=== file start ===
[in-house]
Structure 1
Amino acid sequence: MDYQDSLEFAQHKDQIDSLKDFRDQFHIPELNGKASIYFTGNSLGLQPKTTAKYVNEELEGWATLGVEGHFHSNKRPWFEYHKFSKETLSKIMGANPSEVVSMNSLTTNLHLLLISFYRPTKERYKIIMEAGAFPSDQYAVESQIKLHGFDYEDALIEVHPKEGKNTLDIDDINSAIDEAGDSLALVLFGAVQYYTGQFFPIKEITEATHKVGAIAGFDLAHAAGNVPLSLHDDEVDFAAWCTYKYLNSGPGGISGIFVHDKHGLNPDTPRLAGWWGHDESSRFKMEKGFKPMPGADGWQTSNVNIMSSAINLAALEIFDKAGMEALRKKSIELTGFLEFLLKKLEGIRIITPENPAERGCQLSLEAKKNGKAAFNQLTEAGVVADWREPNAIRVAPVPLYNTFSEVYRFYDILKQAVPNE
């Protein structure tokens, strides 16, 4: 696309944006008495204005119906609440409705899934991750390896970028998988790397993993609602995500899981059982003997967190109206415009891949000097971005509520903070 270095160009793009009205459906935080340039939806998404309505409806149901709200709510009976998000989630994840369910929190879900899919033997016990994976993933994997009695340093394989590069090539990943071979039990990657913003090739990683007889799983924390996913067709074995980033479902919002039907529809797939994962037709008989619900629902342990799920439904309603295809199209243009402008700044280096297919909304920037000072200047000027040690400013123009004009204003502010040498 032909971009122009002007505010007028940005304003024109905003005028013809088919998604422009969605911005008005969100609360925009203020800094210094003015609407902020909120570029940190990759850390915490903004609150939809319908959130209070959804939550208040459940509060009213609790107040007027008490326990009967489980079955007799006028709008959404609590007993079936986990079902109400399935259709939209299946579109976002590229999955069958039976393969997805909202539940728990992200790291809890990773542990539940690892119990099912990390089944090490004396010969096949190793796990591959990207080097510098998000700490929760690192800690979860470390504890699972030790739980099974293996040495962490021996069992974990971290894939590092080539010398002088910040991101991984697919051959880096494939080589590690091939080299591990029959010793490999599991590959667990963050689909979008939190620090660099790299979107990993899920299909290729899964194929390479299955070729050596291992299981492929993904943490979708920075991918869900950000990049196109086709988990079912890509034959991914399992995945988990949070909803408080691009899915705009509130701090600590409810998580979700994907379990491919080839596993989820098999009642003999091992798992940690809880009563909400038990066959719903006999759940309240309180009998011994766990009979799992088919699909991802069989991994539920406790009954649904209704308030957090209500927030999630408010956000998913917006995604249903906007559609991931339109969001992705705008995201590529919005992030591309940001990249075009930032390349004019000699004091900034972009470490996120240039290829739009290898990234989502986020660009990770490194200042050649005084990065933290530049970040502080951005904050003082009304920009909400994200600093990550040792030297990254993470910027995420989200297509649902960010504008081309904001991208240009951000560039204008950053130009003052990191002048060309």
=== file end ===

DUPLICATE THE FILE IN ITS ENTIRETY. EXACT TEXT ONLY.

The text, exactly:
[in-house]
Structure 1
Amino acid sequence: MDYQDSLEFAQHKDQIDSLKDFRDQFHIPELNGKASIYFTGNSLGLQPKTTAKYVNEELEGWATLGVEGHFHSNKRPWFEYHKFSKETLSKIMGANPSEVVSMNSLTTNLHLLLISFYRPTKERYKIIMEAGAFPSDQYAVESQIKLHGFDYEDALIEVHPKEGKNTLDIDDINSAIDEAGDSLALVLFGAVQYYTGQFFPIKEITEATHKVGAIAGFDLAHAAGNVPLSLHDDEVDFAAWCTYKYLNSGPGGISGIFVHDKHGLNPDTPRLAGWWGHDESSRFKMEKGFKPMPGADGWQTSNVNIMSSAINLAALEIFDKAGMEALRKKSIELTGFLEFLLKKLEGIRIITPENPAERGCQLSLEAKKNGKAAFNQLTEAGVVADWREPNAIRVAPVPLYNTFSEVYRFYDILKQAVPNE
């Protein structure tokens, strides 16, 4: 696309944006008495204005119906609440409705899934991750390896970028998988790397993993609602995500899981059982003997967190109206415009891949000097971005509520903070 270095160009793009009205459906935080340039939806998404309505409806149901709200709510009976998000989630994840369910929190879900899919033997016990994976993933994997009695340093394989590069090539990943071979039990990657913003090739990683007889799983924390996913067709074995980033479902919002039907529809797939994962037709008989619900629902342990799920439904309603295809199209243009402008700044280096297919909304920037000072200047000027040690400013123009004009204003502010040498 032909971009122009002007505010007028940005304003024109905003005028013809088919998604422009969605911005008005969100609360925009203020800094210094003015609407902020909120570029940190990759850390915490903004609150939809319908959130209070959804939550208040459940509060009213609790107040007027008490326990009967489980079955007799006028709008959404609590007993079936986990079902109400399935259709939209299946579109976002590229999955069958039976393969997805909202539940728990992200790291809890990773542990539940690892119990099912990390089944090490004396010969096949190793796990591959990207080097510098998000700490929760690192800690979860470390504890699972030790739980099974293996040495962490021996069992974990971290894939590092080539010398002088910040991101991984697919051959880096494939080589590690091939080299591990029959010793490999599991590959667990963050689909979008939190620090660099790299979107990993899920299909290729899964194929390479299955070729050596291992299981492929993904943490979708920075991918869900950000990049196109086709988990079912890509034959991914399992995945988990949070909803408080691009899915705009509130701090600590409810998580979700994907379990491919080839596993989820098999009642003999091992798992940690809880009563909400038990066959719903006999759940309240309180009998011994766990009979799992088919699909991802069989991994539920406790009954649904209704308030957090209500927030999630408010956000998913917006995604249903906007559609991931339109969001992705705008995201590529919005992030591309940001990249075009930032390349004019000699004091900034972009470490996120240039290829739009290898990234989502986020660009990770490194200042050649005084990065933290530049970040502080951005904050003082009304920009909400994200600093990550040792030297990254993470910027995420989200297509649902960010504008081309904001991208240009951000560039204008950053130009003052990191002048060309």